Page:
In particular I remember going to Rockwood state park with my youngest brother, Pj. He couldn’t have been more than seven or eight at the time. Inside the visitor center was a row of terrariums, filled with local reptiles and amphibians. One of them contained a large, fat tiger salamander that Pj instantly became fascinated with. I don’t recall being particularly drawn to it, but I remember helping him read the placard below its tank. With every new bit of information his eyes hungered for another bit. At the time I remember mostly being annoyed that he couldn’t just read it himself, but in hindsight I see the beginnings of something that’s still a bit part of his life. PJ has had a whole menagerie of lizards, snakes, frogs, fish and anything else you can think of. With that comes a knowledge base that is entirely built on his own curiosity about them. 

Moments like that are what make being an instructor of young people so simultaneously daunting and exciting. If I had let my annoyance at his inability to read stop me from helping, maybe that curiosity would have had one less match lit under it. On the other hand, I have the opportunity to help light more matches along the way, and I likely won’t even know I’ve lit them most of the time, but I can tell you all this, I hope I help regardless. 

I’ll be sure to let you all know as things progress with the program, and as always if you have questions don’t hesitate to ask. 

Slainte Maithe everyone 

 

Immersion 

Americans love the outdoors. 


Well. Something along those lines. We love the idea of them, and we love to have personally conquered them. It’s a strange pattern in our culture, and ours specifically.  

It’s not just about the commercialization and industrial mentality I’m talking about. People smarter than me are doing a much better job pointing out the issues brought up by that and working towards solutions.

No, this has more to do with our disconnect from nature as a culture. Nature and the outdoors are something we DO, the way we go to a bar or a theme park. We “make a day of it”. We plan it out and check off things as we go along. I’m as guilty of it as anyone. Probably more so. I’m working on it. 

Now, this isn’t unique to Americans. We aren’t the only ones who market adventures and use the outdoors as a backdrop. There’s nothing wrong with that inherently. If an individual has the ability to show people a more tantalizing side of life by taking them climbing a mountain, or skydiving, all the power to them. 

The difference is, we don’t know when to stop. Everything is peacocked up into some grand escapade. I’ve even seen nature walks marketed as “adventure in an afternoon”. 

That’s not right. Not in the slightest. Worse yet, it cuts us off from a lot of aspects of the outdoors. Things that inarguably help us be better people.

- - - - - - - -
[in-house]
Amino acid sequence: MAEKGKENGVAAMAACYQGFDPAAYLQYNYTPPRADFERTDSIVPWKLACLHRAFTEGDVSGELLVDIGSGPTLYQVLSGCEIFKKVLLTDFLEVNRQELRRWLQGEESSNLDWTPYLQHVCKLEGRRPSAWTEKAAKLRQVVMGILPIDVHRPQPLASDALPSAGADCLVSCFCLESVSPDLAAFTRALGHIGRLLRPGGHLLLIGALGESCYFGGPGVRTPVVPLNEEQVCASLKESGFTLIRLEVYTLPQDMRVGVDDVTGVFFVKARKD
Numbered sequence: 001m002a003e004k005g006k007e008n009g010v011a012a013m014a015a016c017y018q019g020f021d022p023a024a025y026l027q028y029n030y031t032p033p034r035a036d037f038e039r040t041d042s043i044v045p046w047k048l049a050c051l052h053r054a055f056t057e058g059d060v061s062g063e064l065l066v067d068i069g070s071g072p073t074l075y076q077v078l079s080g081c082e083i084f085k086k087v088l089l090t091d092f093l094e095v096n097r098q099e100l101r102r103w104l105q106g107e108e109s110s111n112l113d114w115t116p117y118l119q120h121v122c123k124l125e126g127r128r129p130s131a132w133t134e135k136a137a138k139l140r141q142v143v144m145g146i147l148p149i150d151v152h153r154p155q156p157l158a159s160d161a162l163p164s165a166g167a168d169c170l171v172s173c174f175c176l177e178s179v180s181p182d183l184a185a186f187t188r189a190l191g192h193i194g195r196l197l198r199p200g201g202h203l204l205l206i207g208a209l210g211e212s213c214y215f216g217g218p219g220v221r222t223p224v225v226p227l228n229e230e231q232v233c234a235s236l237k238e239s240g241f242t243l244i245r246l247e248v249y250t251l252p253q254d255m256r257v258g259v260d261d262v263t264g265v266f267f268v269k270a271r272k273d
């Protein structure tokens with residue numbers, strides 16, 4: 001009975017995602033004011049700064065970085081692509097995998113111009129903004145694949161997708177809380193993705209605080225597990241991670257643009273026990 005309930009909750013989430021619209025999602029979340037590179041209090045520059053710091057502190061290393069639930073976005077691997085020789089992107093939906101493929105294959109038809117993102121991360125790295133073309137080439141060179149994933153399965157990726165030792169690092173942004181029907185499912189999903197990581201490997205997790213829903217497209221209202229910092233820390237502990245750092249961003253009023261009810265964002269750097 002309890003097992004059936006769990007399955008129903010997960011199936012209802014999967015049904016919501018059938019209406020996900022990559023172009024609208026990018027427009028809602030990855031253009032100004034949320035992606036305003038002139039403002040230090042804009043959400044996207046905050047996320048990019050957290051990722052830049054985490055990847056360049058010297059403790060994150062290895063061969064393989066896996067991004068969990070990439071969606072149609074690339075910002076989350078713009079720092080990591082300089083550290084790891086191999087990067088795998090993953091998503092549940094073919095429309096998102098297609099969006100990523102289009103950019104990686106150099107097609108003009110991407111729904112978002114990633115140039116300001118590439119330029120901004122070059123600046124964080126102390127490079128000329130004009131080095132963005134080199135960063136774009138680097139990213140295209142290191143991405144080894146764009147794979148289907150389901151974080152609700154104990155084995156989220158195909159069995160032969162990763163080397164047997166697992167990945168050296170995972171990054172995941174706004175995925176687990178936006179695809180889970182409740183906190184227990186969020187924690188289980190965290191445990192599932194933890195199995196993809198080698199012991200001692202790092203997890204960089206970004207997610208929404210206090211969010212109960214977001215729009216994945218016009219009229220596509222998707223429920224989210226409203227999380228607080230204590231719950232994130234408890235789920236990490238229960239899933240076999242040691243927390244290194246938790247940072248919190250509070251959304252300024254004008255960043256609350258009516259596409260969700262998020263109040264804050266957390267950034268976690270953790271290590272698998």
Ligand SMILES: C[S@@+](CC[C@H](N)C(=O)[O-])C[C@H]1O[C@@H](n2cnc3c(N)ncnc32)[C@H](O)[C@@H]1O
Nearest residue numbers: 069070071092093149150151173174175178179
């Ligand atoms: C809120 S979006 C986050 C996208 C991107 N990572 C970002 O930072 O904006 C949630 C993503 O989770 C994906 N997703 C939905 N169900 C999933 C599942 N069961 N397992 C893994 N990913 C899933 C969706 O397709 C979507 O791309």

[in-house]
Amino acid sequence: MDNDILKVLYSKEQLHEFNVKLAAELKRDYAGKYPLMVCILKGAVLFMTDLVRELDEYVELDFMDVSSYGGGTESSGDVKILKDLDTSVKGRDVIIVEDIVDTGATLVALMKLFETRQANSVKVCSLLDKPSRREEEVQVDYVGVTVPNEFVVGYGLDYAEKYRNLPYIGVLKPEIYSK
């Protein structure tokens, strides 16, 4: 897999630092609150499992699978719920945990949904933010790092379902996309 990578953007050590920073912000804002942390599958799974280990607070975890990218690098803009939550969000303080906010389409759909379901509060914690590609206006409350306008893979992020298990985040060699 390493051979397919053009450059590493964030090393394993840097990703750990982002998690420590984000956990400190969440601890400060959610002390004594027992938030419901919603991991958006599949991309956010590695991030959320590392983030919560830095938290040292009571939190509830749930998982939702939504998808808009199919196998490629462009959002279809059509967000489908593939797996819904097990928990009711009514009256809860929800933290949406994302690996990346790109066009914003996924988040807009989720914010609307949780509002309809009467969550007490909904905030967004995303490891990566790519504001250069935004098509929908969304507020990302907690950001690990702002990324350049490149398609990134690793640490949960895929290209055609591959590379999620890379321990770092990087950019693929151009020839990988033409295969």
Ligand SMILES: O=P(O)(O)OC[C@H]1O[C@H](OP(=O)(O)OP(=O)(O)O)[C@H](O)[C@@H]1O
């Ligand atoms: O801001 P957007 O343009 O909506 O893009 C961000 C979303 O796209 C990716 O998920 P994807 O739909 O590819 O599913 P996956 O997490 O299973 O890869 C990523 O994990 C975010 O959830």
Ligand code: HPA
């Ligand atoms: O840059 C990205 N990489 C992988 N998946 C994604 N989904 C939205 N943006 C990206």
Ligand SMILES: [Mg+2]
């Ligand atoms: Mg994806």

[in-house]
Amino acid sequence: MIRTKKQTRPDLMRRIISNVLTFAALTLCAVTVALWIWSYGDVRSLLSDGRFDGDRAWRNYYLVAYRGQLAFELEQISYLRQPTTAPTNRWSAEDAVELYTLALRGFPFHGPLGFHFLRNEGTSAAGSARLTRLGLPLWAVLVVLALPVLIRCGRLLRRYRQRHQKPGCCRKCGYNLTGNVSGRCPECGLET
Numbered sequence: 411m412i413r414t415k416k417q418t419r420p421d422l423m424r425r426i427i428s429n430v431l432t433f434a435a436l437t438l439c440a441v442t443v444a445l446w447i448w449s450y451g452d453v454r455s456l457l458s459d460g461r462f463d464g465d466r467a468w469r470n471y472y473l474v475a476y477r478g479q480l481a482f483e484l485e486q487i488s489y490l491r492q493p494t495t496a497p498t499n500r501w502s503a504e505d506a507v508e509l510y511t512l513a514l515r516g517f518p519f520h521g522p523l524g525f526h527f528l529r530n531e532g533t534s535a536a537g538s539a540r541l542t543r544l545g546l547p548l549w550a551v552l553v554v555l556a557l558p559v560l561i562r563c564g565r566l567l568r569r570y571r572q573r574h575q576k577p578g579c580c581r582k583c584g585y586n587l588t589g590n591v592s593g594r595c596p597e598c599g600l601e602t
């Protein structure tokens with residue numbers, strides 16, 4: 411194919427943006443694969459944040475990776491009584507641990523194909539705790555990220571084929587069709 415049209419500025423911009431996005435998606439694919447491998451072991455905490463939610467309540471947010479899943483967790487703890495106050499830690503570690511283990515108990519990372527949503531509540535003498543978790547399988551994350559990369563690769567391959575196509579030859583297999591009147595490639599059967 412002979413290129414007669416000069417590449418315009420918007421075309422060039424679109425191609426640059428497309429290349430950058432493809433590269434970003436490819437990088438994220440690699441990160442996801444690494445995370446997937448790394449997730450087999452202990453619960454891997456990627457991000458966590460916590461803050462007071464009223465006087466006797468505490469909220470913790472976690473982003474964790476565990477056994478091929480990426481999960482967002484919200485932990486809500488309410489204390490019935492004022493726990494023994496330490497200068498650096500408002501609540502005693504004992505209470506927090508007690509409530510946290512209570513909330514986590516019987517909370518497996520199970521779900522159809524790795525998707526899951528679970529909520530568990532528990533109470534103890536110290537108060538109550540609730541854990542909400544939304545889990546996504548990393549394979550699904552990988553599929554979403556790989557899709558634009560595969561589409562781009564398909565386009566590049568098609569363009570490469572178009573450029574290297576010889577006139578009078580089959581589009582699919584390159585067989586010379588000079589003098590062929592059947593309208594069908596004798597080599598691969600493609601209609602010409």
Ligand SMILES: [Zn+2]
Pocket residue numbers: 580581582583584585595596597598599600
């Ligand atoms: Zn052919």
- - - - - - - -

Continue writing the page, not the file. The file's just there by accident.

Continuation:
Other cultures have this inherently tied into aspects of daily life. The concept of “friluftsliv” is a recent discovery for me, but it’s one I’m going to pursue doggedly for the rest of my life. It’s a Scandinavian idea that roughly translates to “free air life”. It bleeds into a lot of daily life in those cultures. It’s the idea of just being in nature. Not out to conquer it, or take something away. Just existing. That’s something I’ve always felt when I’m out on trail, or even just sitting out in a backyard. We need it so badly, and we don’t even know it. 
I’ve been reading a lot about youth education lately. It’s all in preparation for a project I’ll be starting in the new year. (If you’re curious check out the site and let me know what you think) 

One of the books every teacher I approached recommended was “Last child in the woods”. I’d recommend everyone read it, but the premise is that young people NEED the outdoors the way a tadpole needs water until it’s a frog. Then it can take time away from it if necessary. That’s my analogy, not the author’s, but I think it’s a good one. We don’t immerse ourselves in nature as much as we should. We spend our time there to accomplish a goal, and then it’s back to the humdrum of every day life. 

I get it, and for some folks maybe that’s the only way they can enjoy it. Going back to that tadpole analogy, maybe some people are more like toads. In the water when they absolutely have to be, then a whole life spent out of it. Why though? As much as we’d like to remove ourselves from the natural world, we’re part of it. Admittedly, modern life tends to paint the “wild” as an other. An outside force we’ve been trying to escape since we first stood upright and came down from the trees.


 I tend to disagree with this, and I’m not alone. There have been plenty of studies and research done showing that time spent outdoors is not only good for us physically, it makes us happier. Again, I’d recommend “last child in the woods if you want a clear explanation of how it effects the growth of young minds, and how those effects can change a person’s entire life.